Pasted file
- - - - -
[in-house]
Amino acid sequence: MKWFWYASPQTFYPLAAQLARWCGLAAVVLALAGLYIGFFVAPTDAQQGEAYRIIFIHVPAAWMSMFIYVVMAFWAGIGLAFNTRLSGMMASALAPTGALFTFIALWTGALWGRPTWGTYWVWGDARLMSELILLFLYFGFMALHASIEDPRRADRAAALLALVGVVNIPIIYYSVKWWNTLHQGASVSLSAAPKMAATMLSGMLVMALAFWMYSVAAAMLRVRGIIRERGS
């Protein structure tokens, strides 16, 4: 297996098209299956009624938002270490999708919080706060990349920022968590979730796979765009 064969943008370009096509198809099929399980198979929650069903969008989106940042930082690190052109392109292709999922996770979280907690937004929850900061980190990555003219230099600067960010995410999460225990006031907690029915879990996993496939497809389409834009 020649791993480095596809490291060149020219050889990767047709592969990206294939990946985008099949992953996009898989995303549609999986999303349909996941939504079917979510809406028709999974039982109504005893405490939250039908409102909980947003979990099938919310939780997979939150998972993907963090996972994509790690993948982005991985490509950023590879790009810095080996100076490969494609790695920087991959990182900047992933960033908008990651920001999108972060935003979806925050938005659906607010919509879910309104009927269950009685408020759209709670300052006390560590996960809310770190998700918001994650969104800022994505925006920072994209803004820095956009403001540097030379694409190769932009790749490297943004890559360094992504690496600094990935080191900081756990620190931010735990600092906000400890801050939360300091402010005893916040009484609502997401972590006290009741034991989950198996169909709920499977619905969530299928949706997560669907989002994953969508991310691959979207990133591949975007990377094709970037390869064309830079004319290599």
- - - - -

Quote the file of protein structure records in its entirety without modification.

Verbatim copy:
[in-house]
Amino acid sequence: MKWFWYASPQTFYPLAAQLARWCGLAAVVLALAGLYIGFFVAPTDAQQGEAYRIIFIHVPAAWMSMFIYVVMAFWAGIGLAFNTRLSGMMASALAPTGALFTFIALWTGALWGRPTWGTYWVWGDARLMSELILLFLYFGFMALHASIEDPRRADRAAALLALVGVVNIPIIYYSVKWWNTLHQGASVSLSAAPKMAATMLSGMLVMALAFWMYSVAAAMLRVRGIIRERGS
């Protein structure tokens, strides 16, 4: 297996098209299956009624938002270490999708919080706060990349920022968590979730796979765009 064969943008370009096509198809099929399980198979929650069903969008989106940042930082690190052109392109292709999922996770979280907690937004929850900061980190990555003219230099600067960010995410999460225990006031907690029915879990996993496939497809389409834009 020649791993480095596809490291060149020219050889990767047709592969990206294939990946985008099949992953996009898989995303549609999986999303349909996941939504079917979510809406028709999974039982109504005893405490939250039908409102909980947003979990099938919310939780997979939150998972993907963090996972994509790690993948982005991985490509950023590879790009810095080996100076490969494609790695920087991959990182900047992933960033908008990651920001999108972060935003979806925050938005659906607010919509879910309104009927269950009685408020759209709670300052006390560590996960809310770190998700918001994650969104800022994505925006920072994209803004820095956009403001540097030379694409190769932009790749490297943004890559360094992504690496600094990935080191900081756990620190931010735990600092906000400890801050939360300091402010005893916040009484609502997401972590006290009741034991989950198996169909709920499977619905969530299928949706997560669907989002994953969508991310691959979207990133591949975007990377094709970037390869064309830079004319290599």